“At the current levels, it will be difficult for affordable housing developers to launch budget homes. This is a price-sensitive market and the upswing in raw material costs and EMI getting dearer will have some bearing on the market. We believe that future price hikes are inevitable, as developers will not be able to absorb these constantly increasing input costs without them impacting their businesses. On the brighter side, the demand for housing has increased significantly after the first wave of the pandemic and increased demand invariably supports the price hikes,” says Dungarwal.

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Aditya Kushwaha, CEO and director Axis Ecorp, believes the surging input costs are impacting the cost of the construction. There are regulations in place through which the developers may look at increasing the prices of even sold inventory. For now, most developers are looking at recovering the costs from unsold inventory, but if the prices continue to mount, developers will have to consider other measures.  

“Compromising on quality or deviating from the plans is never an option as there are a lot of regulatory compliances in place. No developer would want to resort to such short-term gains. For us, it is paramount to maintain the quality standards that we are known for. This is not the first time that raw materials prices are increasing. The prices have been on an upward swing for the last 10 years. All reputed developers are aware of these trends and plan accordingly. The prices have indeed increased by multiple folds in the previous year but compromising on quality is not an option,” maintains Kushwaha.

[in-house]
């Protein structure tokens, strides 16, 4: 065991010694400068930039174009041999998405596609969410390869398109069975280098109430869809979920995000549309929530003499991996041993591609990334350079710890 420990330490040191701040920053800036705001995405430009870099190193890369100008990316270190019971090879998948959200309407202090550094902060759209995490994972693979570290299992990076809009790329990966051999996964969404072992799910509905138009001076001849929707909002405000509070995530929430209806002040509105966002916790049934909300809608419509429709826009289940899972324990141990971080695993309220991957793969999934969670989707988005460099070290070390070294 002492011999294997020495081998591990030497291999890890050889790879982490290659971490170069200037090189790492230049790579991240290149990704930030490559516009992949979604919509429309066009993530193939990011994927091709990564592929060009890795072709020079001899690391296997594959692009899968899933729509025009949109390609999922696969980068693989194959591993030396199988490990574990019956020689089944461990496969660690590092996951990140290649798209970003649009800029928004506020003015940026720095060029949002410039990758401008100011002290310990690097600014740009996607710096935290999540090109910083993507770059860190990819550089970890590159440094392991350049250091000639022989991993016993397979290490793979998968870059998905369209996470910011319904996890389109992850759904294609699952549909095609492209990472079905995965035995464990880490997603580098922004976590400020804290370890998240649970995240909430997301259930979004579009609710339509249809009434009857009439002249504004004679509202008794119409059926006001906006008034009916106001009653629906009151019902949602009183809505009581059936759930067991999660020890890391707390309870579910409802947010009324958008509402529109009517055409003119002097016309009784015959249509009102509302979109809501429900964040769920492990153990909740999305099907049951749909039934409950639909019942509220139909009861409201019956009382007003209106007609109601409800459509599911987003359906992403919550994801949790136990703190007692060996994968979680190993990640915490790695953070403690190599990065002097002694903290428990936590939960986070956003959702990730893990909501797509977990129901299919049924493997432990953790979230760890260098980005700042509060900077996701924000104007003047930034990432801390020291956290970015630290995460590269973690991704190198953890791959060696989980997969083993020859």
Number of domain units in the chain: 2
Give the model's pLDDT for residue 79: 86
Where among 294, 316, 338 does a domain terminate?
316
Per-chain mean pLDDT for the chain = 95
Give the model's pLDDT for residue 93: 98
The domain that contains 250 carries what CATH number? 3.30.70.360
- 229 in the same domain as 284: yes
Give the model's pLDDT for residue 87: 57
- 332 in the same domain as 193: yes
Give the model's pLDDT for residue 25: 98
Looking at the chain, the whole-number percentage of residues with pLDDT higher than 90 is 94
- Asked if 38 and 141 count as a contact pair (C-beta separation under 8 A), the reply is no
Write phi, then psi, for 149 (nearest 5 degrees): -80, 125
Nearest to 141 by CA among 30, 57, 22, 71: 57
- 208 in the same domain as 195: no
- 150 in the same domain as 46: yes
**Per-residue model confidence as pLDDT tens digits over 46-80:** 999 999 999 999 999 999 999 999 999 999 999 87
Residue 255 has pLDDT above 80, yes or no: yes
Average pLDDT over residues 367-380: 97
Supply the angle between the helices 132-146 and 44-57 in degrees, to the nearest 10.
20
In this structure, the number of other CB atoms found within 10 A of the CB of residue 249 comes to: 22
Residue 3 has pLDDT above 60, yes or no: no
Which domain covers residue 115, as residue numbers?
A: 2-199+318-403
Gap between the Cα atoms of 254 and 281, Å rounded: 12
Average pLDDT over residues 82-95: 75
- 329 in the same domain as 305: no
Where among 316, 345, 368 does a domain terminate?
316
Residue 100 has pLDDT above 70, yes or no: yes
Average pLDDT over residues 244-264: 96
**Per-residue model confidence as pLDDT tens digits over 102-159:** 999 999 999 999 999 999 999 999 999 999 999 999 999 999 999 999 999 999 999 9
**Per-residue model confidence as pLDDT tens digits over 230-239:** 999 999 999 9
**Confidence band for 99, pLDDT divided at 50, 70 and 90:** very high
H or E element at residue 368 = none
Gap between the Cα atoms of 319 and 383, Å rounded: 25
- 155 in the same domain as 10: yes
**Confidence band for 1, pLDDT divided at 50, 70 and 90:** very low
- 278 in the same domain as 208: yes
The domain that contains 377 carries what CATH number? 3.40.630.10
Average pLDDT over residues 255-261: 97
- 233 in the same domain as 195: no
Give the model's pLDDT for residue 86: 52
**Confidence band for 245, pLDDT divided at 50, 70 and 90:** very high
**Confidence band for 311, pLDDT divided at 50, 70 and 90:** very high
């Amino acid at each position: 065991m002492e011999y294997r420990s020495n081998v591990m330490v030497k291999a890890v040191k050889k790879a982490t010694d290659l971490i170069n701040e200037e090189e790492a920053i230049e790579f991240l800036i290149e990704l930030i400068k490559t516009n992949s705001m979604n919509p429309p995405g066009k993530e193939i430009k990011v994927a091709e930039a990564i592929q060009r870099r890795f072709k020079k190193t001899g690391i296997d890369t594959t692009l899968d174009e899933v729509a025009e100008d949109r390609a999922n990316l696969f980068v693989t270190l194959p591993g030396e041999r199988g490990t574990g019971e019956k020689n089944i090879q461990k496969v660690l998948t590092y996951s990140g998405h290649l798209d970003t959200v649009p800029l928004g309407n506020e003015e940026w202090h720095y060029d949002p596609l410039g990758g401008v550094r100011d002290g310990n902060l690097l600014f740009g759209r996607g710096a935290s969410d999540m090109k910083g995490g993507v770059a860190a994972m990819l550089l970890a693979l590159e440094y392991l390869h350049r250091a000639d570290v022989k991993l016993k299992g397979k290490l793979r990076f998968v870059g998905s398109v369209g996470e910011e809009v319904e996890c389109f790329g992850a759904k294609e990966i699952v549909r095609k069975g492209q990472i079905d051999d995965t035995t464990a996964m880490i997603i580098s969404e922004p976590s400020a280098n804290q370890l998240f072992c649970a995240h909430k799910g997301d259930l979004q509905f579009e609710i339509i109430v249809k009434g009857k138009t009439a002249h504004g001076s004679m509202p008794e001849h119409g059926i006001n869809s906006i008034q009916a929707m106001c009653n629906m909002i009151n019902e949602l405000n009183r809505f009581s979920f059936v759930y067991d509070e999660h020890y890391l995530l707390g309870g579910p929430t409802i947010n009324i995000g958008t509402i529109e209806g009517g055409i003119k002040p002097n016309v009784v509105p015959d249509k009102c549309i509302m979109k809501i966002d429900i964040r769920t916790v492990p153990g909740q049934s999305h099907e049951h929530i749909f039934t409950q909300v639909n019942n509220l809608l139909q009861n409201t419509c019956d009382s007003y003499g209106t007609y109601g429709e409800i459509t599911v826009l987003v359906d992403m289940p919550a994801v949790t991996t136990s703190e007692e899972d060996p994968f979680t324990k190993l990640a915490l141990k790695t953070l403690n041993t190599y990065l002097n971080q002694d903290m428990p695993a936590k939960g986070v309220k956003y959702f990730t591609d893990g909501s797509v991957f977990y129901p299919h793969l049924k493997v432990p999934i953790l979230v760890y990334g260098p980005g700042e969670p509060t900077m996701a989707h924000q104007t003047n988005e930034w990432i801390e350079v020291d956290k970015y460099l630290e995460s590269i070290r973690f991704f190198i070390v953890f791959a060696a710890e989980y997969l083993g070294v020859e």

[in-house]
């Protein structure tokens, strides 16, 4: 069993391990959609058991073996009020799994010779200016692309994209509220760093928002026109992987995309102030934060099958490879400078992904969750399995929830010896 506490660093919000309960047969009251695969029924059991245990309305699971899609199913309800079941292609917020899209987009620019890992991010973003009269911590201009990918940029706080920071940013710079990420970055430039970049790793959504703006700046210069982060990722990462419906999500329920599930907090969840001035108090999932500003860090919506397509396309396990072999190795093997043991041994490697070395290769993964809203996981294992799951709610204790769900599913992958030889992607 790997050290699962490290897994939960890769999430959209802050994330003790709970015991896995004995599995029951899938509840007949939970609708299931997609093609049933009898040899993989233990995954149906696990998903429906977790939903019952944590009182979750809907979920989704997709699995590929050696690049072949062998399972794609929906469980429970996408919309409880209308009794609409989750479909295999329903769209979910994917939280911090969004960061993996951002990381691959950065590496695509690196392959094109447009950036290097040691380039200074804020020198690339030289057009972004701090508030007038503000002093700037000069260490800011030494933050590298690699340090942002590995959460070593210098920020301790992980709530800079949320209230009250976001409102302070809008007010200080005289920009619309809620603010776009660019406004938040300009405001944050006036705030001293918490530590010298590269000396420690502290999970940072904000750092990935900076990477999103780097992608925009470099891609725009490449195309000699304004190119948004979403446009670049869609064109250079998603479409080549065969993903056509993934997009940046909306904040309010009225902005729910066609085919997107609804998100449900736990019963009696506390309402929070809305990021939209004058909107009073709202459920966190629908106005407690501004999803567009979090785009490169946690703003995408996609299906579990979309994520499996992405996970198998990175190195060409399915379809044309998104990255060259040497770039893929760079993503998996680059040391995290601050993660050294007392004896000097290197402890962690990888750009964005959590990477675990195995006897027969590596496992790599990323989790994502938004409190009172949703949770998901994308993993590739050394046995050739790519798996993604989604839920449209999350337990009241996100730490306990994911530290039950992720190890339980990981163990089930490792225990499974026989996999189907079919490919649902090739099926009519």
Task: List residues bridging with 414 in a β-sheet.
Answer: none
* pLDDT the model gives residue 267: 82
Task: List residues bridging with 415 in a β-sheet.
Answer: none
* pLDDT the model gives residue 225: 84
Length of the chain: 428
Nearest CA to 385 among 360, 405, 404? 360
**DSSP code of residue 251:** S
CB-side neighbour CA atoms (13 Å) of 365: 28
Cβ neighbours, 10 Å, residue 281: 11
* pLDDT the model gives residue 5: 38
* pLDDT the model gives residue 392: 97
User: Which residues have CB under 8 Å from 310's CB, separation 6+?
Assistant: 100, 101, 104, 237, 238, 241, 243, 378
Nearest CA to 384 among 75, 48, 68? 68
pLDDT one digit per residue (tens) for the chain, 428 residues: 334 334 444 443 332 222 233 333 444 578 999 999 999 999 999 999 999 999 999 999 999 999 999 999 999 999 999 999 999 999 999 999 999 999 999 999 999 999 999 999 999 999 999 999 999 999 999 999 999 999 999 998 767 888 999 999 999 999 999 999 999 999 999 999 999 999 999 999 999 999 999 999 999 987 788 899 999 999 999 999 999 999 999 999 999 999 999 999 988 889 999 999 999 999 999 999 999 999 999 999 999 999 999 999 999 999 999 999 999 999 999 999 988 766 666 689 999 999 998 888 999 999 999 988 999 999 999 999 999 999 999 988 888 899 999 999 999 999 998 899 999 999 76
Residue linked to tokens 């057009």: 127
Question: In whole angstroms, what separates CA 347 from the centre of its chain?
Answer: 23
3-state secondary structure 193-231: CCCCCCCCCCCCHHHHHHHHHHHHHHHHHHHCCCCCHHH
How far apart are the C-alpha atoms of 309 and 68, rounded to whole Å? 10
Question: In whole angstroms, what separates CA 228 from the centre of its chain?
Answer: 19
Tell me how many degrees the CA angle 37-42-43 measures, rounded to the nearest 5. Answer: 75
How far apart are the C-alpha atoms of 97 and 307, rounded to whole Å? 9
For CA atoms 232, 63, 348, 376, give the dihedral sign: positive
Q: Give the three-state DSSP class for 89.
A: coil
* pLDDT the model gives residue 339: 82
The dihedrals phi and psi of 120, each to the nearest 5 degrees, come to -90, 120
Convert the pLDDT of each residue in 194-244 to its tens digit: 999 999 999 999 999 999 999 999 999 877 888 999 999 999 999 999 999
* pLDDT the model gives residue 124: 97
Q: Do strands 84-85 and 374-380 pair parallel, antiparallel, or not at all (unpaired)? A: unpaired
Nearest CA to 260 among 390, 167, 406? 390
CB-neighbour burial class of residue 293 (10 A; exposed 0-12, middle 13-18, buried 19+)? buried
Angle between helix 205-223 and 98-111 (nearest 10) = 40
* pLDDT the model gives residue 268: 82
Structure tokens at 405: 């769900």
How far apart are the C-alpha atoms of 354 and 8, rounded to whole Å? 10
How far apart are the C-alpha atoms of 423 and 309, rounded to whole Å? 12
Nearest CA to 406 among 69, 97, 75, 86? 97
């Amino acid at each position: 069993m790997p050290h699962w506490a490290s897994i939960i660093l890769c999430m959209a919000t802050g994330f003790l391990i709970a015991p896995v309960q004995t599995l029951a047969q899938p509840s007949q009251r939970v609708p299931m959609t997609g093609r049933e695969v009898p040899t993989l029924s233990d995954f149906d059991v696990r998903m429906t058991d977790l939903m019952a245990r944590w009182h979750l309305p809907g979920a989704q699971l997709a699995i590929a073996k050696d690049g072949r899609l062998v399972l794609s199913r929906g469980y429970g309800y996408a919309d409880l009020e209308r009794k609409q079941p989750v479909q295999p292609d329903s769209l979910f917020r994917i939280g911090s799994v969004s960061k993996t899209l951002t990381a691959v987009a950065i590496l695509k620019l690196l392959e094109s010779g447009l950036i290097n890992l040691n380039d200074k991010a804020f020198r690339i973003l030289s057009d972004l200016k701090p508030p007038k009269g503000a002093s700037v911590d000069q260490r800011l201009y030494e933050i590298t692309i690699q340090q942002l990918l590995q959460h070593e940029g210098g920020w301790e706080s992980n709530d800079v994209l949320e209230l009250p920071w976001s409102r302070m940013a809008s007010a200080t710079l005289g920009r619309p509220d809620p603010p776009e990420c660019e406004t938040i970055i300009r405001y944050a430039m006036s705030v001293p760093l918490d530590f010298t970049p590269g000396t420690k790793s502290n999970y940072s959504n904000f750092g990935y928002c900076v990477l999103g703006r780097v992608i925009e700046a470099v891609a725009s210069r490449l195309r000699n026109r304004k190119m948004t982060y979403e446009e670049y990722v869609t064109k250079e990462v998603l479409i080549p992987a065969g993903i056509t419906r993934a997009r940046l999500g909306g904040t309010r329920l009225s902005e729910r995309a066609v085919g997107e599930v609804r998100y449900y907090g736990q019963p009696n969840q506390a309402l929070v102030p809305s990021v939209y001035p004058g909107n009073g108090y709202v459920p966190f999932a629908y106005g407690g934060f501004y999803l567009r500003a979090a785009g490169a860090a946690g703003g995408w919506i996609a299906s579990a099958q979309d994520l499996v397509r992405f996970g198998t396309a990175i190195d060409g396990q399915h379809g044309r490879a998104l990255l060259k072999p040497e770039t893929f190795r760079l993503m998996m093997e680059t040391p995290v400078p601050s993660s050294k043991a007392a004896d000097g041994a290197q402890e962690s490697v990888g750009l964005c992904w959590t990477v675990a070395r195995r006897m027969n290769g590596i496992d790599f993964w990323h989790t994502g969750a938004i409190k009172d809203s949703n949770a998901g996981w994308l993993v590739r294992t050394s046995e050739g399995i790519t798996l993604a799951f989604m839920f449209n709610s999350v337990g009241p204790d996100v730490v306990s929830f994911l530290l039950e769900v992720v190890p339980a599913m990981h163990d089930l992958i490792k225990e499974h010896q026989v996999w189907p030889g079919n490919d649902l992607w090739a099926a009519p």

How can developers deal with rising input costs?

This also brings to the table whether there is a third possible option. After all, developers have already threatened to halt construction as a mark of protest against an alleged raw material cartelisation. So, is this a viable option? A Noida-based developer who did not want his identity revealed, said that he was in no position to share the camaraderie with his peer group and halt construction. For him, the choice is to bear the additional pressure of Rs 2 crores with costly raw materials or delay construction to cough up Rs 4 crores with his operating expenses and interest cost.

Hence, there seem to be only two obvious uncomfortable choices for developers. Developers are trying best to work on the alternatives that can help them optimise costs and make the most of the given resources, while adhering to set timelines. Compromising on quality may end up doing more harm than good. From a long-term perspective, it is always advisable not to resort to such measures. 

Affordable housing projects nevertheless are really pushed to the corner since they work on volumes and their profit margins are thin. In contrast, the luxury developers have the luxury to offset the input cost escalation since the margins over there are on the higher side. 

(The writer is CEO, Track2Realty)

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Category: Lifestyle

Debora Berti

Università degli Studi di Firenze, IT